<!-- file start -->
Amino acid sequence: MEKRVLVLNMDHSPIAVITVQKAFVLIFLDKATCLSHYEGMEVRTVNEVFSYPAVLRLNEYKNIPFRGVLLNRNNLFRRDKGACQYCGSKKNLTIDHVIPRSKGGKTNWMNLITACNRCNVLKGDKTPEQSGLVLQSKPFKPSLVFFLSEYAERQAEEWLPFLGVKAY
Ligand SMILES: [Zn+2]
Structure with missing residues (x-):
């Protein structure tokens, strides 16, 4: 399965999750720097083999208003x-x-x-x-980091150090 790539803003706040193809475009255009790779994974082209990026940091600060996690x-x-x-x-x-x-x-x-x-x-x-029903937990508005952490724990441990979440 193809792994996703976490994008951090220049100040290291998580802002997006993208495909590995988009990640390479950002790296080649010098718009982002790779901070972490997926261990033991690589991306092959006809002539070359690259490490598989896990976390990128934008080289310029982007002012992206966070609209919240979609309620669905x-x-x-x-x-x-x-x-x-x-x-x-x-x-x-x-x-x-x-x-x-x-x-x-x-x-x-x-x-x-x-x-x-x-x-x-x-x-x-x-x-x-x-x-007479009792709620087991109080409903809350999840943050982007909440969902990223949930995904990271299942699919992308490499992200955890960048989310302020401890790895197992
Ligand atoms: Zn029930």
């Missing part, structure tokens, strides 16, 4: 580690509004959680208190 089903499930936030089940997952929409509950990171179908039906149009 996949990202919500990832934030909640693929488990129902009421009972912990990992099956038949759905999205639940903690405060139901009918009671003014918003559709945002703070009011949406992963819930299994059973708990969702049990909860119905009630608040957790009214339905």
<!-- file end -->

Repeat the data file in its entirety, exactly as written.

Amino acid sequence: MEKRVLVLNMDHSPIAVITVQKAFVLIFLDKATCLSHYEGMEVRTVNEVFSYPAVLRLNEYKNIPFRGVLLNRNNLFRRDKGACQYCGSKKNLTIDHVIPRSKGGKTNWMNLITACNRCNVLKGDKTPEQSGLVLQSKPFKPSLVFFLSEYAERQAEEWLPFLGVKAY
Ligand SMILES: [Zn+2]
Structure with missing residues (x-):
């Protein structure tokens, strides 16, 4: 399965999750720097083999208003x-x-x-x-980091150090 790539803003706040193809475009255009790779994974082209990026940091600060996690x-x-x-x-x-x-x-x-x-x-x-029903937990508005952490724990441990979440 193809792994996703976490994008951090220049100040290291998580802002997006993208495909590995988009990640390479950002790296080649010098718009982002790779901070972490997926261990033991690589991306092959006809002539070359690259490490598989896990976390990128934008080289310029982007002012992206966070609209919240979609309620669905x-x-x-x-x-x-x-x-x-x-x-x-x-x-x-x-x-x-x-x-x-x-x-x-x-x-x-x-x-x-x-x-x-x-x-x-x-x-x-x-x-x-x-x-007479009792709620087991109080409903809350999840943050982007909440969902990223949930995904990271299942699919992308490499992200955890960048989310302020401890790895197992
Ligand atoms: Zn029930």
């Missing part, structure tokens, strides 16, 4: 580690509004959680208190 089903499930936030089940997952929409509950990171179908039906149009 996949990202919500990832934030909640693929488990129902009421009972912990990992099956038949759905999205639940903690405060139901009918009671003014918003559709945002703070009011949406992963819930299994059973708990969702049990909860119905009630608040957790009214339905």